You may know that the Lowlands or “Žemaitija“ area of Lithuania has its own dialect. The group “Suvartukas“ from the town of Plungė introduced themselves with a few sentences in this dialect –summed up with the phrase “Esam vėina kraujė“ – “We are one blood“. They performed a dance depicting an old tradesman – “The Potter“, and also a dance for when work was finished – “Gegužinė“ – “The Picnic“ to the enjoyment of the entire audience.
The end of the first half of the festival was crowned by the performance of Chicago‘s premier dance group “Grandis“, which is well-known for its precision, high-spirited steps, and the ability to draw the audience into the theme presented in the dance. In this case they treated the audience to the sprightly “Trandipolke“ Polka, “Three Threads“, which illustrates the story of flax being grown, spun and woven, and a dance of youthful love and longing – “Moonlight“.
As the lights went up for intermission, the audience marveled at how the the professionnal lighting, sound engineering, and set design complemented and enhanced the program. Compliments to Marius Juodišius, Ričardas Širviskas, and Dominic Alberto. and Ryan Laubenthal.
The second half of the festival opened with a unique glimpse into “Švyturys“ at 20 years: the great number of dancers who had passed through the ranks, the travels, concerts and hundreds of friendships formed, and the resulting miles of smiles. When the audience was invited to light up their cell phones if they were previous dancers, parents of dancers, or supporters, the audience lit up like the Milky Way… Then the entirety of the current group of “Švyturys“ dancers, from youngest (4 years old) to the adults, delighted the viewers with the dance especially created for Juventus IV – “We are all Švyturys!“ and followed with four additional dances.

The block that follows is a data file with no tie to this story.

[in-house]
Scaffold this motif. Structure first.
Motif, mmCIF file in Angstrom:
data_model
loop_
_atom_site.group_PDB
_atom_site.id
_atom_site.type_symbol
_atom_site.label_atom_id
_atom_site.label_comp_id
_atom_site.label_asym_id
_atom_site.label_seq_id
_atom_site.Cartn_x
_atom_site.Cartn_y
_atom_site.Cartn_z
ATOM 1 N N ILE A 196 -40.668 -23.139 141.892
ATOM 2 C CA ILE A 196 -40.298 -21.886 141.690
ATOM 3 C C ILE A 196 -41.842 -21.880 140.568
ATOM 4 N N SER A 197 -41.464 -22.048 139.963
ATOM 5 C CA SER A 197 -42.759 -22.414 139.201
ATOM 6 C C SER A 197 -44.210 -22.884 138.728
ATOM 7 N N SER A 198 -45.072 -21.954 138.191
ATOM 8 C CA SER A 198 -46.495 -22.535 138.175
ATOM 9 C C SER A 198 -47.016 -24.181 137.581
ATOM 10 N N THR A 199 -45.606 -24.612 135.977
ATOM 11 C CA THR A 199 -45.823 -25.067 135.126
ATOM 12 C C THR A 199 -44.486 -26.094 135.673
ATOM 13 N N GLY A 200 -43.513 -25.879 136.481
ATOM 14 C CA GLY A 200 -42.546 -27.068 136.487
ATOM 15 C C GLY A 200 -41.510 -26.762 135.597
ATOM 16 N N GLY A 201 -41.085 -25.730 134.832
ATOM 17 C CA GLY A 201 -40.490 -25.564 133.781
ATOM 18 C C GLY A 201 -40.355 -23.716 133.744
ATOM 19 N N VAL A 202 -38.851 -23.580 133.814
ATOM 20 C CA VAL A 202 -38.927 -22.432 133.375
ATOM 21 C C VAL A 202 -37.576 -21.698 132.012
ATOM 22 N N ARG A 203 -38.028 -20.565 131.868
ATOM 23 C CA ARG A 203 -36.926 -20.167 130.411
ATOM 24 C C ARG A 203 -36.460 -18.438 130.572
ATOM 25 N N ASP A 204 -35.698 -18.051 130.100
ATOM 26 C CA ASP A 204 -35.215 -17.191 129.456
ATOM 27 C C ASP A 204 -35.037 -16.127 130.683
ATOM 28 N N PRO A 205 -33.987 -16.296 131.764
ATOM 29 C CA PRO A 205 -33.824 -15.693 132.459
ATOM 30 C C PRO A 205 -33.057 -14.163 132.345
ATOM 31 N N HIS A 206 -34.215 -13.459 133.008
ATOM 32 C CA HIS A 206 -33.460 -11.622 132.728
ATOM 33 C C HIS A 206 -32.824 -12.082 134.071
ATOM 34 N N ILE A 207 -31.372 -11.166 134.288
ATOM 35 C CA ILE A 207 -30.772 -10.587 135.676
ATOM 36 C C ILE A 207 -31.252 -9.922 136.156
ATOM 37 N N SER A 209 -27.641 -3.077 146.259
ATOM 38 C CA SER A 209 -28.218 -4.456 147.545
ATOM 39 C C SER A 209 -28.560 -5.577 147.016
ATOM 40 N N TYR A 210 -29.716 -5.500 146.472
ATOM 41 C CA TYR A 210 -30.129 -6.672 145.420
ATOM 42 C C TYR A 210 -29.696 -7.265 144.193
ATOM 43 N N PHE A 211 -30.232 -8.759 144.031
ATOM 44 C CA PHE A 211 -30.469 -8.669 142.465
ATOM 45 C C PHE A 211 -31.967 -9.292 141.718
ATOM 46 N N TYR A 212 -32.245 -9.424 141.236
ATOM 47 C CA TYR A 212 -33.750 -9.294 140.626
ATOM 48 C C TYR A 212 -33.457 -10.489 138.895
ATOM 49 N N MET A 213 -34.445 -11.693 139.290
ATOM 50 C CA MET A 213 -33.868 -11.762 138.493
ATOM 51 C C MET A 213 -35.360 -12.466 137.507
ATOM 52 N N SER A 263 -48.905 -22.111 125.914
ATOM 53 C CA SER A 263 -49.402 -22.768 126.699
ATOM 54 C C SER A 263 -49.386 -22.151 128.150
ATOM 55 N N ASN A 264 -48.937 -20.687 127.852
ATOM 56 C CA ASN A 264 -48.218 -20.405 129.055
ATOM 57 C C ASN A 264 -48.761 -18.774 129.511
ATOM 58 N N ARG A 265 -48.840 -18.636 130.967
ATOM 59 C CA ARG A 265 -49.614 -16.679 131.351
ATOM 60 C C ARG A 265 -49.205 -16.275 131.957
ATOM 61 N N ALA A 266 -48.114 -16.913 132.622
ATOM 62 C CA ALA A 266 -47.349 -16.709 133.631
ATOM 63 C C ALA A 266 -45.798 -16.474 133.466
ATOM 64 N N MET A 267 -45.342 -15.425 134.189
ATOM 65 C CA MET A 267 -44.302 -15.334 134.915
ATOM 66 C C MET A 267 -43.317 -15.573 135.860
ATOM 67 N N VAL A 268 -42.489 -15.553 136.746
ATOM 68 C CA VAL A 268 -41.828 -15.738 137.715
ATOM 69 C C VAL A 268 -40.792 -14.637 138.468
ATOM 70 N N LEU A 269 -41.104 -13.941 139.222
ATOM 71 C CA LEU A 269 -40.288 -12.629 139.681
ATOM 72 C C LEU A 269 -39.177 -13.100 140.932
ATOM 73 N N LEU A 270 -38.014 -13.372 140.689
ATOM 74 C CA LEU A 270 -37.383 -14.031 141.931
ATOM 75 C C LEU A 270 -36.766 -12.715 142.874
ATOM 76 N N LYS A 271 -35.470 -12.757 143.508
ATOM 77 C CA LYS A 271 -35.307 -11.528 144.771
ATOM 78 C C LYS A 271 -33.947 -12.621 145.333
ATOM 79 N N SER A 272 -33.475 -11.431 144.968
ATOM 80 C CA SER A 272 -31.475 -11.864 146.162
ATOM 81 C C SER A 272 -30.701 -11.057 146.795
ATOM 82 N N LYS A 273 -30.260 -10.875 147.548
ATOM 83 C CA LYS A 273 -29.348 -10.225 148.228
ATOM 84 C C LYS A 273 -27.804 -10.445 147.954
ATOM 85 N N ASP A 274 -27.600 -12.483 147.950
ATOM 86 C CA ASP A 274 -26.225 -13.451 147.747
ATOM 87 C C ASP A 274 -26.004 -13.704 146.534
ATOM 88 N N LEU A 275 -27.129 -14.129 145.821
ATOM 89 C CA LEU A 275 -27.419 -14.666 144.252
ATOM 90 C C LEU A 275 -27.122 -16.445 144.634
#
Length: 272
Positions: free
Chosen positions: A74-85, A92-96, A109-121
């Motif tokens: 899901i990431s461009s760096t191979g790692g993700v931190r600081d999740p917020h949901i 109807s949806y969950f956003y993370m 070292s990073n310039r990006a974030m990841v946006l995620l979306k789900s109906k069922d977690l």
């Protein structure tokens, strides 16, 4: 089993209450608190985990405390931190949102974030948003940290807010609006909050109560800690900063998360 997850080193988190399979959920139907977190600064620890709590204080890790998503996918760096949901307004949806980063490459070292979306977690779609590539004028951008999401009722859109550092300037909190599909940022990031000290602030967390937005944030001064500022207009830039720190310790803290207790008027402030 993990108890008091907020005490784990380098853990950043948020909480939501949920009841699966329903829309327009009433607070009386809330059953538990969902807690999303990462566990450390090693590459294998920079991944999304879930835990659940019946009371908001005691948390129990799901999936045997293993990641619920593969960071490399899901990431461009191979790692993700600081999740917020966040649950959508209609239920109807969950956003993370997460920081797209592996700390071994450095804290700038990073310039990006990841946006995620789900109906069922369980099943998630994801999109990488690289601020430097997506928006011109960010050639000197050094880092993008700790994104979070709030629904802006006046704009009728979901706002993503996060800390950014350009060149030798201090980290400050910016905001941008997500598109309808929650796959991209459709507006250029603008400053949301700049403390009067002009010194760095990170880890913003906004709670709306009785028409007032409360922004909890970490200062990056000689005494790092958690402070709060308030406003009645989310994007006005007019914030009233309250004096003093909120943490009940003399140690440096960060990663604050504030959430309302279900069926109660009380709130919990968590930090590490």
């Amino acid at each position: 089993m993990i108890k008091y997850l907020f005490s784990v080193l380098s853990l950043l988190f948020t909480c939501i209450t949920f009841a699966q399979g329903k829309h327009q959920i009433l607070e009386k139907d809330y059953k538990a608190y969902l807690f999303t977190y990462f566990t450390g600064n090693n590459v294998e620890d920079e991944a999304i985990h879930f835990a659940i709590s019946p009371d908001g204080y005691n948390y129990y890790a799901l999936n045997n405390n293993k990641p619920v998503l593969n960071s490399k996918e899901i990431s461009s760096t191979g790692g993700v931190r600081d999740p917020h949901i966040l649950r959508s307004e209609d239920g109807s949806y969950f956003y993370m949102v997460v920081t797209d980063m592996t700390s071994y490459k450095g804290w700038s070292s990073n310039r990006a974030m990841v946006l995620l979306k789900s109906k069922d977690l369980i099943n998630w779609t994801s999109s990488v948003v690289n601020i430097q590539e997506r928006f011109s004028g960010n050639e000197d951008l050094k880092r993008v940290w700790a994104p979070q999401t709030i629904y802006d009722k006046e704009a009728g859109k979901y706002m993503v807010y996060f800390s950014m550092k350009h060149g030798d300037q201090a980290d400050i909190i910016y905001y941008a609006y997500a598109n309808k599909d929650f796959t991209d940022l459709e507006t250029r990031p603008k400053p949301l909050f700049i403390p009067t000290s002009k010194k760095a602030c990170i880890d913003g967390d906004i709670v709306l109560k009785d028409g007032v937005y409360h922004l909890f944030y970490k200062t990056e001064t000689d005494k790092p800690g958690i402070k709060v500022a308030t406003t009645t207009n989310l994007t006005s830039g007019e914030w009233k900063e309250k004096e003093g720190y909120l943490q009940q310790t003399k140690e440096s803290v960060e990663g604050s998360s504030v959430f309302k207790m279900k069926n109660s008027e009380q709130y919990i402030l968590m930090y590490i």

“Spin, ‘Švytury‘ in your friends‘ company!“ was the introduction to the final part of the program, in which the dance groups merged to perform dances together – for what would a dance festival be without that? And after the final dance, “Lithuania, you are mine”, the still lively and smiling contingent of dancers and their leaders filled the stage, and the audience applauded…and applauded… and applauded… And as the music to “Polka Op Op” was heard, the dancers formed into little lines and circles and danced with each other, with their leaders, even with some audience members, not wanting the whirlwind of music and dance, the kaleidoscope of colors, and the youthful jubilation to come to an end…
After the Juventus IV performance, the dancers and their friends gathered at a banquet with a special appearance by Lithuanian singing sensations husband and wife Jeronimas Milius and Karina Krysko , folk songs accompanied by the country folk music instrumental groups from Kaunas and Toronto, a fun sing-along, and much more dancing to the tunes of local musician and radio personality Augis Dicevičius. Toward the end of the evening, the merrymakers noticed that the iconic Terminal Tower of Cleveland was lit up with the tricolors (trispalvė) of the Lithuanian flag… and the chanting began, getting louder and louder, until all you heard was – “Trispalvė, trispalvė, trispalvė”…
A true festival, and a feast for the soul…
Postscript: one of the Sound Engineers, Marius Juodisius, who is also one of the principals in the Cleveland Lithuanian Radio Program “Šiaurinis Krantas“ (Northern Shore), made arrangements for the sold-out Juventus IV festival to be live-streamed and available on YouTube, and the stream very quickly got a significant number of views… so many, that the next morning he got a message that the channel was blocked – in Russia and Belarus!
Juventus IV is still available to view at https://www.youtube.com/watch?v=Kj_lUtc7eOw
Vilija Nasvytis-Klimas, Cleveland, OH
Photo by Tom Turner